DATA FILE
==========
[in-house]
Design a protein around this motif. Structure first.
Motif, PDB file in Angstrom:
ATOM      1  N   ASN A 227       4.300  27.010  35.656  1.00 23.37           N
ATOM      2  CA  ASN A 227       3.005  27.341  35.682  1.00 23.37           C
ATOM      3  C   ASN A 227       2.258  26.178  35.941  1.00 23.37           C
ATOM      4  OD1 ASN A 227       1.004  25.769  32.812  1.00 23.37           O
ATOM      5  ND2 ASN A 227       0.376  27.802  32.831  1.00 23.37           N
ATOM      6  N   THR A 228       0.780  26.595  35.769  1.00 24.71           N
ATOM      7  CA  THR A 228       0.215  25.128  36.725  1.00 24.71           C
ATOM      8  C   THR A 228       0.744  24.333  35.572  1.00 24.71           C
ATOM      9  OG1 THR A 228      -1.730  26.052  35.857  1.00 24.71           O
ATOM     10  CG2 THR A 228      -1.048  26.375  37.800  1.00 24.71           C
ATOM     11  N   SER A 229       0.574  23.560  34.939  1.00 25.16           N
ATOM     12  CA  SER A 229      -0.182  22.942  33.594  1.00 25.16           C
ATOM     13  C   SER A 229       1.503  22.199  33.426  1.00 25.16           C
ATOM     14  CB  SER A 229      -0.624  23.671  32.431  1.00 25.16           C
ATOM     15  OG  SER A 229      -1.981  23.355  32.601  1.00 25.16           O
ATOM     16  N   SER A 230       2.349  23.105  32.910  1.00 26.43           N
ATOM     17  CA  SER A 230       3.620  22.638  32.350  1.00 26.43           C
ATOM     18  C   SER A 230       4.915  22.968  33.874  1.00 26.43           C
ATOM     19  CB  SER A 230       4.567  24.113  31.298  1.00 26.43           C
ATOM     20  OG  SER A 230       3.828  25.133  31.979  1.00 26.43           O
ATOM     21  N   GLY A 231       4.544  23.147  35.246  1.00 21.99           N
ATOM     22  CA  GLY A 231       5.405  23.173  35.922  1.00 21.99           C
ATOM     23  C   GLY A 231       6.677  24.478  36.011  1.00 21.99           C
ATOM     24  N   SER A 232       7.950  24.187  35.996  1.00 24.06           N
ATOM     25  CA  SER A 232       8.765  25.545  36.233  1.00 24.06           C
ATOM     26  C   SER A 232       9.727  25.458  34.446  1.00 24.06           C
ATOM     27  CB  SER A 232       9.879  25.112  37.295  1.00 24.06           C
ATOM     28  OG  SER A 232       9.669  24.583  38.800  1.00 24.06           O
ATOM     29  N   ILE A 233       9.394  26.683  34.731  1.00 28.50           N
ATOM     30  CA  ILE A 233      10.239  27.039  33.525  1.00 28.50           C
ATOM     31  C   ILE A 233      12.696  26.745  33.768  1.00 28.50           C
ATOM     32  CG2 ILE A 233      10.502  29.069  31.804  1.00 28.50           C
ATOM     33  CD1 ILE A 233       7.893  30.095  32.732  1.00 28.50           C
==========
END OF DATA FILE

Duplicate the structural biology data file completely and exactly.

[in-house]
Design a protein around this motif. Structure first.
Motif, PDB file in Angstrom:
ATOM      1  N   ASN A 227       4.300  27.010  35.656  1.00 23.37           N
ATOM      2  CA  ASN A 227       3.005  27.341  35.682  1.00 23.37           C
ATOM      3  C   ASN A 227       2.258  26.178  35.941  1.00 23.37           C
ATOM      4  OD1 ASN A 227       1.004  25.769  32.812  1.00 23.37           O
ATOM      5  ND2 ASN A 227       0.376  27.802  32.831  1.00 23.37           N
ATOM      6  N   THR A 228       0.780  26.595  35.769  1.00 24.71           N
ATOM      7  CA  THR A 228       0.215  25.128  36.725  1.00 24.71           C
ATOM      8  C   THR A 228       0.744  24.333  35.572  1.00 24.71           C
ATOM      9  OG1 THR A 228      -1.730  26.052  35.857  1.00 24.71           O
ATOM     10  CG2 THR A 228      -1.048  26.375  37.800  1.00 24.71           C
ATOM     11  N   SER A 229       0.574  23.560  34.939  1.00 25.16           N
ATOM     12  CA  SER A 229      -0.182  22.942  33.594  1.00 25.16           C
ATOM     13  C   SER A 229       1.503  22.199  33.426  1.00 25.16           C
ATOM     14  CB  SER A 229      -0.624  23.671  32.431  1.00 25.16           C
ATOM     15  OG  SER A 229      -1.981  23.355  32.601  1.00 25.16           O
ATOM     16  N   SER A 230       2.349  23.105  32.910  1.00 26.43           N
ATOM     17  CA  SER A 230       3.620  22.638  32.350  1.00 26.43           C
ATOM     18  C   SER A 230       4.915  22.968  33.874  1.00 26.43           C
ATOM     19  CB  SER A 230       4.567  24.113  31.298  1.00 26.43           C
ATOM     20  OG  SER A 230       3.828  25.133  31.979  1.00 26.43           O
ATOM     21  N   GLY A 231       4.544  23.147  35.246  1.00 21.99           N
ATOM     22  CA  GLY A 231       5.405  23.173  35.922  1.00 21.99           C
ATOM     23  C   GLY A 231       6.677  24.478  36.011  1.00 21.99           C
ATOM     24  N   SER A 232       7.950  24.187  35.996  1.00 24.06           N
ATOM     25  CA  SER A 232       8.765  25.545  36.233  1.00 24.06           C
ATOM     26  C   SER A 232       9.727  25.458  34.446  1.00 24.06           C
ATOM     27  CB  SER A 232       9.879  25.112  37.295  1.00 24.06           C
ATOM     28  OG  SER A 232       9.669  24.583  38.800  1.00 24.06           O
ATOM     29  N   ILE A 233       9.394  26.683  34.731  1.00 28.50           N
ATOM     30  CA  ILE A 233      10.239  27.039  33.525  1.00 28.50           C
ATOM     31  C   ILE A 233      12.696  26.745  33.768  1.00 28.50           C
ATOM     32  CG2 ILE A 233      10.502  29.069  31.804  1.00 28.50           C
ATOM     33  CD1 ILE A 233       7.893  30.095  32.732  1.00 28.50           C